14. The park is home to several other mammal species including the endangered Chilean Huemul, a species of deer native to the mountains of Argentina and Chile. According to the International Union for the Conservation of Nature, the species’ original global population is estimated to have suffered reductions of 99% with just hundreds of surviving specimen left.
13. Bird fans can admire numerous bird species including 15 birds of prey such as Andean condor, black-chested buzzard-eagle, rufous-tailed hawk, cinereous harrier, or magellanic horned owl. One of the largest birds in the world, the condors love soaring high above the park peaks.
12. The park is also adorned with beautiful vegetation, including the evergreen Embothrium coccineum, which produces vivid red flowers grouped in corymbs.
11. Another flower typical of local mountains is Calceolaria uniflora (also known as slipperworts) with its striking shapes and vivid colors, resembling funny puppets.
10. The park is open all year round; however, the best season to visit the park is from October to April, which is spring and summer in the southern hemisphere. This season has more sunny days with less rain and more than 16 hours of natural light every day.
9. But if you happen to be in the park after sunset, you will not regret it either. The twilight gives the landscape a unique, magical appearance that is worth seeing.
8. The parkÂ´s tour operators say one of the most amazing ways to explore the park is via horseback riding. Visitors can choose from 2-hour to 10-day trips.
7. But the park offers perfect conditions for hiking too. There are clearly marked paths and many mountain huts which provide shelter and basic services. No matter what way of transport you choose, breathtaking panoramas and unspoiled nature can be found all around.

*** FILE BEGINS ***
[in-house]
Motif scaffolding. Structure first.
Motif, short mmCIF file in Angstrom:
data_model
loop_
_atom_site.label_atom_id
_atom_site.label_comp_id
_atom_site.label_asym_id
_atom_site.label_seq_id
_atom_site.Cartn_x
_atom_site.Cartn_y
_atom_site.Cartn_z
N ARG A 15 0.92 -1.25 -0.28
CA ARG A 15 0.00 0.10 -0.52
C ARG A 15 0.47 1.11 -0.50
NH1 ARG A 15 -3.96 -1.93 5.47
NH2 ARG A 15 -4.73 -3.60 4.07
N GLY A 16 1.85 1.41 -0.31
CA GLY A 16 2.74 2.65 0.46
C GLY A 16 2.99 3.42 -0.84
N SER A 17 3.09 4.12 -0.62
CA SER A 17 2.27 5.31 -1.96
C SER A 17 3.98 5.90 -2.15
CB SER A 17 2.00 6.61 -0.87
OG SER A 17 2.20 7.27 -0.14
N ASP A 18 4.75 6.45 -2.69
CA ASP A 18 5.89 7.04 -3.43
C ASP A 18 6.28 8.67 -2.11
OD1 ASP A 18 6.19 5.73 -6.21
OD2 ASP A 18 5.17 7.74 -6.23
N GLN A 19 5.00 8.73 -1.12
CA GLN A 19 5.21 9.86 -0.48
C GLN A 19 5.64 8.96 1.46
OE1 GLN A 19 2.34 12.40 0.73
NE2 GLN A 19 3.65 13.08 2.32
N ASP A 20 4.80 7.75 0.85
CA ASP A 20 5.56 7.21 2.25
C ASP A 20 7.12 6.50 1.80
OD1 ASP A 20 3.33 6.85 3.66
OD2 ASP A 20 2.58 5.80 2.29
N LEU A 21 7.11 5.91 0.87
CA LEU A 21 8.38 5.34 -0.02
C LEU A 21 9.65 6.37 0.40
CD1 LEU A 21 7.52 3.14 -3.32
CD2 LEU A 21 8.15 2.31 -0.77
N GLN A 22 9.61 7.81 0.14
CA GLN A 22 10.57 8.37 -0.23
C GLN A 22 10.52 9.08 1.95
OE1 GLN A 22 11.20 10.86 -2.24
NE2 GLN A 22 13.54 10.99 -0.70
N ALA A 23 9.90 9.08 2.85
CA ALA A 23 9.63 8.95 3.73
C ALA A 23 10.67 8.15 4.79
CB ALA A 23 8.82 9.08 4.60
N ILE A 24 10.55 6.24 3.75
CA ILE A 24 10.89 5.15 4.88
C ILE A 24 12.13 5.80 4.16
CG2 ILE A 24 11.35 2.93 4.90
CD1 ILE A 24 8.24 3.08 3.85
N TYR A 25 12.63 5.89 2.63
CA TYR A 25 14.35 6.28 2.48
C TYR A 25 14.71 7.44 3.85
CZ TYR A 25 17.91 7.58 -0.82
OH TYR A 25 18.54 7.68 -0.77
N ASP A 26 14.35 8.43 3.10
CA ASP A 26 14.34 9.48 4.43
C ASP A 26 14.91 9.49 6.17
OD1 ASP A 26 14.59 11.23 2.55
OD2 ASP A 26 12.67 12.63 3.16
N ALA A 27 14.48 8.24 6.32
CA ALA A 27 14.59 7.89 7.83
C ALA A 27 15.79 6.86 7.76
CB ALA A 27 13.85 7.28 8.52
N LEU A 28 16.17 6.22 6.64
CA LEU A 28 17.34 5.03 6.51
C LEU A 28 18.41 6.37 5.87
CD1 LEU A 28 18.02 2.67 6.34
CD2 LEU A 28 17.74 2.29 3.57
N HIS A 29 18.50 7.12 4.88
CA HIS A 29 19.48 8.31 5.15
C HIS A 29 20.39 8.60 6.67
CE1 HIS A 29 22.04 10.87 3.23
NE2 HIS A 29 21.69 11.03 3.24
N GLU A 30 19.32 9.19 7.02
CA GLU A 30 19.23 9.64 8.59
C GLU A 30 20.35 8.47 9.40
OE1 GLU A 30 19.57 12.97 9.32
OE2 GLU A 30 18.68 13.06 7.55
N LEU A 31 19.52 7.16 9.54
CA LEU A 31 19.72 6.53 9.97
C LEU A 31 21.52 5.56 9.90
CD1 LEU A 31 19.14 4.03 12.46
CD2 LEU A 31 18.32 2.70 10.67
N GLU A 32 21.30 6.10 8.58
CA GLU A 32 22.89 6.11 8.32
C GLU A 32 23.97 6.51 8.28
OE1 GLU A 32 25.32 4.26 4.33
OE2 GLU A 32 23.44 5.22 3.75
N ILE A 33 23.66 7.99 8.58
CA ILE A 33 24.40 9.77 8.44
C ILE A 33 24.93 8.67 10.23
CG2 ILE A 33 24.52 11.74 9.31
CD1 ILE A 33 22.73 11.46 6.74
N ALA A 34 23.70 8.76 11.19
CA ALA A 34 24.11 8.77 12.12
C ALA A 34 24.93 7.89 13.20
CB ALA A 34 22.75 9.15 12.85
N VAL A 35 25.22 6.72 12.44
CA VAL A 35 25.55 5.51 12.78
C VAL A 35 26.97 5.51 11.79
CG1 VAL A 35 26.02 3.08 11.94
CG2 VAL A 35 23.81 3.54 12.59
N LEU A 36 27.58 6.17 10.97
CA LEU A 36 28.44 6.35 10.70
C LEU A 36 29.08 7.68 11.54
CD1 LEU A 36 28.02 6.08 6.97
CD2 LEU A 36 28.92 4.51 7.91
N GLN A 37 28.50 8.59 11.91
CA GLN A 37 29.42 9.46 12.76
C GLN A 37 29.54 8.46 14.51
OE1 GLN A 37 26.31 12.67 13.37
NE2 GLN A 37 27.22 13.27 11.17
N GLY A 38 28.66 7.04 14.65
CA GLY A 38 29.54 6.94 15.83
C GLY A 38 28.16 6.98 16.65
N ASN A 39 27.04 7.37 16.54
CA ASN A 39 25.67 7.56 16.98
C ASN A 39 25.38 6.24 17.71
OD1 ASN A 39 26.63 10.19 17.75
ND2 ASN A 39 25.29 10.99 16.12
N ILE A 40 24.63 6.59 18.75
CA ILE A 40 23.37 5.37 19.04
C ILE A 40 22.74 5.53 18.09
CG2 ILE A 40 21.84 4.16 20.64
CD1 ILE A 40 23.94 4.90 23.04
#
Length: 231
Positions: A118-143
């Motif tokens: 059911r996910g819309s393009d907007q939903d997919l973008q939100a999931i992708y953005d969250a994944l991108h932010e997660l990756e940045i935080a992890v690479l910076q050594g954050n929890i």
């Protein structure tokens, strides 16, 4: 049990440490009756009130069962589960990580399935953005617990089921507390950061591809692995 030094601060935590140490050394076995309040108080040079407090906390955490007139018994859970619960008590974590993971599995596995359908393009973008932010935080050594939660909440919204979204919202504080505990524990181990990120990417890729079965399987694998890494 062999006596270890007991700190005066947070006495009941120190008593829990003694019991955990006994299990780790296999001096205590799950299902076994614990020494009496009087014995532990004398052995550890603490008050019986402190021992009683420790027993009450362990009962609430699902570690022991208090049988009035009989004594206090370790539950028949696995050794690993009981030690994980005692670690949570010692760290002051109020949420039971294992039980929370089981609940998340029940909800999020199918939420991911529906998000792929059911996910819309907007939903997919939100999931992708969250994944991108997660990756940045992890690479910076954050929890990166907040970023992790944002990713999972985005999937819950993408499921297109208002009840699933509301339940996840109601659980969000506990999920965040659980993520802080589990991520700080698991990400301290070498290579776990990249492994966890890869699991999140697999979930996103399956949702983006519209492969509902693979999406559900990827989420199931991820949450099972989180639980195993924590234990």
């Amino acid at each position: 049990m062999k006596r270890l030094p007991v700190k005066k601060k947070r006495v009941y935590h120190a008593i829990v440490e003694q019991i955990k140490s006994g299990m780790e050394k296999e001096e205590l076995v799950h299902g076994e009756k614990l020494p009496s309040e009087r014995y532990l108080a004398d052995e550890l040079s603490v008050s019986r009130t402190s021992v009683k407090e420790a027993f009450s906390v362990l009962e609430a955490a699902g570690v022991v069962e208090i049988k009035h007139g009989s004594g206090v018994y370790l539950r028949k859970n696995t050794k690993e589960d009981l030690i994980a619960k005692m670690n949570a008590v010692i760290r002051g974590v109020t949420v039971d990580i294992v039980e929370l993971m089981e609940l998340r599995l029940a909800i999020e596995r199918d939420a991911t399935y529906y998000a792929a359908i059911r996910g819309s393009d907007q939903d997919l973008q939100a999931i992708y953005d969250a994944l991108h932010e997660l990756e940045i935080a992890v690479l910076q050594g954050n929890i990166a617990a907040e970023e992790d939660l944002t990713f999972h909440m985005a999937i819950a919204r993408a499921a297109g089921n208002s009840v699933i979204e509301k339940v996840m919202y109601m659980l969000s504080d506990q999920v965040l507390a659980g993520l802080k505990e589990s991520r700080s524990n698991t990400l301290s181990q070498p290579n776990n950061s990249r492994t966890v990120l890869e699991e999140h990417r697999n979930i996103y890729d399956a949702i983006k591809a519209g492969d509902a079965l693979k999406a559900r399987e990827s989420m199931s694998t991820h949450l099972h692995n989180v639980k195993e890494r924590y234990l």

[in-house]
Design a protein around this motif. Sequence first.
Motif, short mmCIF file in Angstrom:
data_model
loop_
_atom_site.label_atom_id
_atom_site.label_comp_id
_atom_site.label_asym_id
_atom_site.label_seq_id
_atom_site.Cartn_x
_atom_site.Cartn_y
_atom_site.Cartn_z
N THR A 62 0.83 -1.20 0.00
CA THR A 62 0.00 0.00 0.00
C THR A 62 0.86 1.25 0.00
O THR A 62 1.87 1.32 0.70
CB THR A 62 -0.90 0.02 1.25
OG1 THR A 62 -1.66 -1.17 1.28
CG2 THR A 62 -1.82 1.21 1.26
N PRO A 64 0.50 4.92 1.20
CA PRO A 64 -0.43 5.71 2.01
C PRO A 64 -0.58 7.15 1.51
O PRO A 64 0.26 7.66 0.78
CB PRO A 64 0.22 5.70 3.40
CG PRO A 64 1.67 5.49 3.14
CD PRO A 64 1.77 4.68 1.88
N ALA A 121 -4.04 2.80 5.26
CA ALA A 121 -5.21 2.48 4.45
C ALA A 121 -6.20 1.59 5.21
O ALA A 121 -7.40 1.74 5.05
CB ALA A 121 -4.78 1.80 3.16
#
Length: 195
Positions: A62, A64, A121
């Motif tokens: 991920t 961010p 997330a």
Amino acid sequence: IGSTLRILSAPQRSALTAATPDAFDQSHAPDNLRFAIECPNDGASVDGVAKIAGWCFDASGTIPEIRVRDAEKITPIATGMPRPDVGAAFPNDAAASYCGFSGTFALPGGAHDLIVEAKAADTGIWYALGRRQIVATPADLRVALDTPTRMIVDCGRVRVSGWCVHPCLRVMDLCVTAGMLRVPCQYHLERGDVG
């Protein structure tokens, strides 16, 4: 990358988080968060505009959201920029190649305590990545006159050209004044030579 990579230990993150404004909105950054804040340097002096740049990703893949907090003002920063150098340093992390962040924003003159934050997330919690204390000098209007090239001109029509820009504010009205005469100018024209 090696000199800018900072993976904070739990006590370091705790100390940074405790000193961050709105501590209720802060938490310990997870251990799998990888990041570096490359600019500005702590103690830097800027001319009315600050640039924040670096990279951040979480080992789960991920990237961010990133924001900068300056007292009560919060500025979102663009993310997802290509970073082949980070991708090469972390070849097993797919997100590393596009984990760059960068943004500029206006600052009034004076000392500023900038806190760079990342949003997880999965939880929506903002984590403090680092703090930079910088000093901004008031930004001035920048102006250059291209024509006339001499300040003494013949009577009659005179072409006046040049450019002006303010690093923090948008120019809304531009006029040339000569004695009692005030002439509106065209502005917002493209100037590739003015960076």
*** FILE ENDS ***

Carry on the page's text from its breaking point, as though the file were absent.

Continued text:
6. Thanks to its unique ecosystem and abundant fauna and flora species, the park was designated a World Biosphere Reserve by UNESCO in 1978.
5. As incredible as it may seem, even this picture is from the Torres del Paine National Park. Located on the west side of the park, the spectacular Grey Glacier is one of the glaciers that form the Southern Patagonia Ice Field.
4. Occupying an area of 270 square kilometers (100 square miles), the Grey Glacier flows southward into the lake of the same name. Stretching over a length of 28 kilometers (17 miles), it looks like an impenetrable ice barrier.
3. When looking at the lush, flourishing vegetation, it is hard to believe that the park has experienced several devastating fires. Therefore, camping is only allowed at specified campsites and wood fires are prohibited throughout the entire park.
2. Since January 2012 when the last conflagration was put out, the only reminder of fire is the splendid reddish tinge of sunset romantically reflecting in the mountains.
1. Now it is as clear as the local glacial lakes why this park has been elected as the 5th most beautiful place in the world by National Geographic.